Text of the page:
Superintendent reflects on school year, progress on strategic plan

Published 12:00 am Saturday, June 6, 2015

The Rowan-Salisbury School System is wrapping up year one of three of its new strategic plan, and Superintendent Dr. Lynn Moody said the district aggressively pursued its goals.

“The one thing that I’ve always liked about education is that there’s a beginning and an end,” she said, adding that it gives educators time to reflect on how things went during a school year.

“We really implemented our strategic plan,” she said.

“It was about literacy first. It was about engaging classrooms,” Moody said. “We began a digital conversion and we put a mobile device in the hands of every third through 12th grade student.”

She added that schools began implementing problem-based learning projects – a method they will continue to develop next year.

Through the digital conversion, teachers have a more data on their students and classes this year, Moody said.

The added data allows teachers to better customize each student’s learning experience.

“Almost everyone of our principals have reported to me that the students are more engaged, more excited about coming to school and are enjoying learning,” she said.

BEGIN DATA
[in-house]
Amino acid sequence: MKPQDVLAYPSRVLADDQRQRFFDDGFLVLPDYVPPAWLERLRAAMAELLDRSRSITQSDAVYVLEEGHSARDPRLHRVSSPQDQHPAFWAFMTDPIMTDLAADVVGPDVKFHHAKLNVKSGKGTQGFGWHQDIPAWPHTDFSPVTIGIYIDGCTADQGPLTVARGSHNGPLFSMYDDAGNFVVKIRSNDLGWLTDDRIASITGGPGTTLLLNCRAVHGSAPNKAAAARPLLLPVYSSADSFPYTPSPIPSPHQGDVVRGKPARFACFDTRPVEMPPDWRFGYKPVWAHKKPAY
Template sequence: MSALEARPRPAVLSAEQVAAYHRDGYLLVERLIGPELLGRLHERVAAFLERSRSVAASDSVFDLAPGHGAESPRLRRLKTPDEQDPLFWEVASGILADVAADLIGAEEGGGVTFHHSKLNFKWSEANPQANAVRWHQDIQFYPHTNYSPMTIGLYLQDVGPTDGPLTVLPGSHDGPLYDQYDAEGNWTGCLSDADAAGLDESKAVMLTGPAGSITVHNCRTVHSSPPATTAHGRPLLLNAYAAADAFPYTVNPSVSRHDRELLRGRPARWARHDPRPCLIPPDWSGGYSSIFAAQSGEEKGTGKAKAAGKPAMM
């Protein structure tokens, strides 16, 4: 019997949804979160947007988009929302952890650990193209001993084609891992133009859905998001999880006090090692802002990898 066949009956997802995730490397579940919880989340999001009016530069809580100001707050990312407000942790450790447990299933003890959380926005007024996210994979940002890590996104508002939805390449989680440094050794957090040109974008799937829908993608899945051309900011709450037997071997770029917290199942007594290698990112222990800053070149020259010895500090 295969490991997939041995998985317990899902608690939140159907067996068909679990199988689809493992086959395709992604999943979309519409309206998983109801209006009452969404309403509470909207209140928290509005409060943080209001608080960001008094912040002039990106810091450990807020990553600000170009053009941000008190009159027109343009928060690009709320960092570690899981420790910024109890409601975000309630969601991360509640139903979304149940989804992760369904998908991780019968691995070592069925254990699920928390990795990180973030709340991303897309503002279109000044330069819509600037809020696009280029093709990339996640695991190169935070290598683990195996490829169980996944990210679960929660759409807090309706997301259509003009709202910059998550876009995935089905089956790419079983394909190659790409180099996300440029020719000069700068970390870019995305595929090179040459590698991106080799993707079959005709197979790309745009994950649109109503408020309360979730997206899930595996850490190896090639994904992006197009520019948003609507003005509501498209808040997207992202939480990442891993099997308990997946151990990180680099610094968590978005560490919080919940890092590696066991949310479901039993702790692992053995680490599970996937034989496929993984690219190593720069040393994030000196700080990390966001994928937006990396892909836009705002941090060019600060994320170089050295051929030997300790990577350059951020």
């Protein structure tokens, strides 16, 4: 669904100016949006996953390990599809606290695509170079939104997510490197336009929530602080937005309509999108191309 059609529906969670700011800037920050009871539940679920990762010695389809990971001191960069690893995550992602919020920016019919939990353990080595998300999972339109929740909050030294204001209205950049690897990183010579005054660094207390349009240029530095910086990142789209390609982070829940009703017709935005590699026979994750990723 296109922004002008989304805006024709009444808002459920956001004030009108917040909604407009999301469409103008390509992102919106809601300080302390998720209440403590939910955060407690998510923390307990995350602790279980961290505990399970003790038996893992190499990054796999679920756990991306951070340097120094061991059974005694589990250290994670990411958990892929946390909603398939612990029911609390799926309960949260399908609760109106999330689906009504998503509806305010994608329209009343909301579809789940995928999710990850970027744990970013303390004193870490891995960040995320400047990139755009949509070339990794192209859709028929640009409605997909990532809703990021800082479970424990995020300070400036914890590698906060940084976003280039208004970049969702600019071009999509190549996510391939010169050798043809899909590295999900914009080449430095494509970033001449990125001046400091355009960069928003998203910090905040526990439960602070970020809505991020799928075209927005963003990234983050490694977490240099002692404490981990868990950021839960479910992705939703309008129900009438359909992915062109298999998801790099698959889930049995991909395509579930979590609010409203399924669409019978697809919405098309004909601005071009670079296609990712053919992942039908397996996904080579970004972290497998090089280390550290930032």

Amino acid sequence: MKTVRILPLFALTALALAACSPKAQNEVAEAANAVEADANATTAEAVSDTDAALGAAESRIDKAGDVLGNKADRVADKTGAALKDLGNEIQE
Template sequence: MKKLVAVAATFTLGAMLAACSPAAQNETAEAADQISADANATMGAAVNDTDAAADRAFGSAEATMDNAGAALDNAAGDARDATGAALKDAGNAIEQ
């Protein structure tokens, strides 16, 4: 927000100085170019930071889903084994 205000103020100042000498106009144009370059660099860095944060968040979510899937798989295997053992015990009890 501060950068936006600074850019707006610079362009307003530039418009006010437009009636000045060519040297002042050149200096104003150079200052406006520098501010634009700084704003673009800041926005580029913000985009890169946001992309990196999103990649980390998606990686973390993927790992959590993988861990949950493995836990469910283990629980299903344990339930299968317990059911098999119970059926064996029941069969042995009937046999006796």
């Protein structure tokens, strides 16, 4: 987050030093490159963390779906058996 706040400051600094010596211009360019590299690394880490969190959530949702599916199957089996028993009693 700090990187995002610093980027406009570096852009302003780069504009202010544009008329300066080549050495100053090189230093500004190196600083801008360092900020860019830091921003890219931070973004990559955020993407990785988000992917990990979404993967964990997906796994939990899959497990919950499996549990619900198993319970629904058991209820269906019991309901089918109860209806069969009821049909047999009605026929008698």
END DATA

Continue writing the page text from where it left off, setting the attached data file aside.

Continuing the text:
“This is a three-year plan,” Moody said. “We didn’t anticipate having all this done.”

Moody said the high turnover in leadership is partially responsible for the district’s rapid change.

“When people are new in their roles, they have a lot of energy,” she said. “We have a very energetic leadership team.”

The flip side of that, however, is that they’ve had to develop a lot more systems as they go, rather than relying on those that have been in place for years.

While the district has made incredible progress over the past year, they still have a long way to go.

“We implemented a great deal of change,” she said.

“I think the biggest challenge has been to stop all practices and to reinvent teaching strategies,” Moody said. “That is very disruptive to a school district.”

It’s about “true transformation,” she said. “We didn’t take a former strategic plan and tweak around the edges.”

It takes time for teachers to unlearn old practices and to learn new practices. It also takes students time to adjust to those new practices.

Moody added that she expects students’ test scores to dip this year.

“I’m totally expecting our test scores to drop,” she said, but added that once they “plug the holes” next year, she expects that “students will become much more competent.”

“Next year, I think is our year to refine the new things that we learned this year,” she said.

Moody expects that teachers, administrators and students will become stronger and more confident.